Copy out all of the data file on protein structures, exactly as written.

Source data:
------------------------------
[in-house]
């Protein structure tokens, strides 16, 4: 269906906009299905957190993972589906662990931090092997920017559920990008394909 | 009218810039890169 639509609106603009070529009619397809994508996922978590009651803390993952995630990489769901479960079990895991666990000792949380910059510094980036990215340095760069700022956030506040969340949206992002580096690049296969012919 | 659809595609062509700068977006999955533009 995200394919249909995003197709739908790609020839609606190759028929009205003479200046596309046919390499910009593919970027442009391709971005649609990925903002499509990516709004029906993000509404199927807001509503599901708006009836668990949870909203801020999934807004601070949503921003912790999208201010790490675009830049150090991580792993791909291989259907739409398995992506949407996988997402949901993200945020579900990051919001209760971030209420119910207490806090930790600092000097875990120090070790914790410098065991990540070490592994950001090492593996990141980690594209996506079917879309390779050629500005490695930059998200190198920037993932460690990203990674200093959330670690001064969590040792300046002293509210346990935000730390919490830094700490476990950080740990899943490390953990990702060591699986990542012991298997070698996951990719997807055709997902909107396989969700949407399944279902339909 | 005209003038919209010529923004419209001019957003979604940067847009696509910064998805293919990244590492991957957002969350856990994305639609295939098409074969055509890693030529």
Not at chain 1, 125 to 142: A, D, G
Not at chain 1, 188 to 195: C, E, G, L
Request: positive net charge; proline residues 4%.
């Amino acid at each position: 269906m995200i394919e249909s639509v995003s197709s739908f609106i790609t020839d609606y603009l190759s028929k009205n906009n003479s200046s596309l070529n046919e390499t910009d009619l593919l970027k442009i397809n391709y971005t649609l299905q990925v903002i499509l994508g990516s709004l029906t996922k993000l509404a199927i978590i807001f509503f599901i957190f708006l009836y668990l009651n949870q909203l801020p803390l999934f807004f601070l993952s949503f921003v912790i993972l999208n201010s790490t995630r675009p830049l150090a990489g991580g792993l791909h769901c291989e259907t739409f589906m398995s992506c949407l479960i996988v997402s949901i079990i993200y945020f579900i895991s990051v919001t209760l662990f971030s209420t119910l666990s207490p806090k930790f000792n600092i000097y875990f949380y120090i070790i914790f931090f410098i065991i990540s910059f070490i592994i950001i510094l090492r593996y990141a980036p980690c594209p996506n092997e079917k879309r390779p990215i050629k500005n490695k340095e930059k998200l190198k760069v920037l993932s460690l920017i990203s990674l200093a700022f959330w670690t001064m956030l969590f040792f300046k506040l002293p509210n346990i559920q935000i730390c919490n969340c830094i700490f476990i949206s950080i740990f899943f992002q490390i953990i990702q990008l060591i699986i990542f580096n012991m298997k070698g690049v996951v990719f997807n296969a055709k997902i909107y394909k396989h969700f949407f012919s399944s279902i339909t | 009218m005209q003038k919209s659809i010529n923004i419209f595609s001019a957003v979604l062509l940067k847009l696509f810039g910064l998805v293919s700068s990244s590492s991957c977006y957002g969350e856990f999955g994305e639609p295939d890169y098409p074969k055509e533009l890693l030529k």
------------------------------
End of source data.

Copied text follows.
[in-house]
């Protein structure tokens, strides 16, 4: 269906906009299905957190993972589906662990931090092997920017559920990008394909 | 009218810039890169 639509609106603009070529009619397809994508996922978590009651803390993952995630990489769901479960079990895991666990000792949380910059510094980036990215340095760069700022956030506040969340949206992002580096690049296969012919 | 659809595609062509700068977006999955533009 995200394919249909995003197709739908790609020839609606190759028929009205003479200046596309046919390499910009593919970027442009391709971005649609990925903002499509990516709004029906993000509404199927807001509503599901708006009836668990949870909203801020999934807004601070949503921003912790999208201010790490675009830049150090991580792993791909291989259907739409398995992506949407996988997402949901993200945020579900990051919001209760971030209420119910207490806090930790600092000097875990120090070790914790410098065991990540070490592994950001090492593996990141980690594209996506079917879309390779050629500005490695930059998200190198920037993932460690990203990674200093959330670690001064969590040792300046002293509210346990935000730390919490830094700490476990950080740990899943490390953990990702060591699986990542012991298997070698996951990719997807055709997902909107396989969700949407399944279902339909 | 005209003038919209010529923004419209001019957003979604940067847009696509910064998805293919990244590492991957957002969350856990994305639609295939098409074969055509890693030529």
Not at chain 1, 125 to 142: A, D, G
Not at chain 1, 188 to 195: C, E, G, L
Request: positive net charge; proline residues 4%.
């Amino acid at each position: 269906m995200i394919e249909s639509v995003s197709s739908f609106i790609t020839d609606y603009l190759s028929k009205n906009n003479s200046s596309l070529n046919e390499t910009d009619l593919l970027k442009i397809n391709y971005t649609l299905q990925v903002i499509l994508g990516s709004l029906t996922k993000l509404a199927i978590i807001f509503f599901i957190f708006l009836y668990l009651n949870q909203l801020p803390l999934f807004f601070l993952s949503f921003v912790i993972l999208n201010s790490t995630r675009p830049l150090a990489g991580g792993l791909h769901c291989e259907t739409f589906m398995s992506c949407l479960i996988v997402s949901i079990i993200y945020f579900i895991s990051v919001t209760l662990f971030s209420t119910l666990s207490p806090k930790f000792n600092i000097y875990f949380y120090i070790i914790f931090f410098i065991i990540s910059f070490i592994i950001i510094l090492r593996y990141a980036p980690c594209p996506n092997e079917k879309r390779p990215i050629k500005n490695k340095e930059k998200l190198k760069v920037l993932s460690l920017i990203s990674l200093a700022f959330w670690t001064m956030l969590f040792f300046k506040l002293p509210n346990i559920q935000i730390c919490n969340c830094i700490f476990i949206s950080i740990f899943f992002q490390i953990i990702q990008l060591i699986i990542f580096n012991m298997k070698g690049v996951v990719f997807n296969a055709k997902i909107y394909k396989h969700f949407f012919s399944s279902i339909t | 009218m005209q003038k919209s659809i010529n923004i419209f595609s001019a957003v979604l062509l940067k847009l696509f810039g910064l998805v293919s700068s990244s590492s991957c977006y957002g969350e856990f999955g994305e639609p295939d890169y098409p074969k055509e533009l890693l030529k």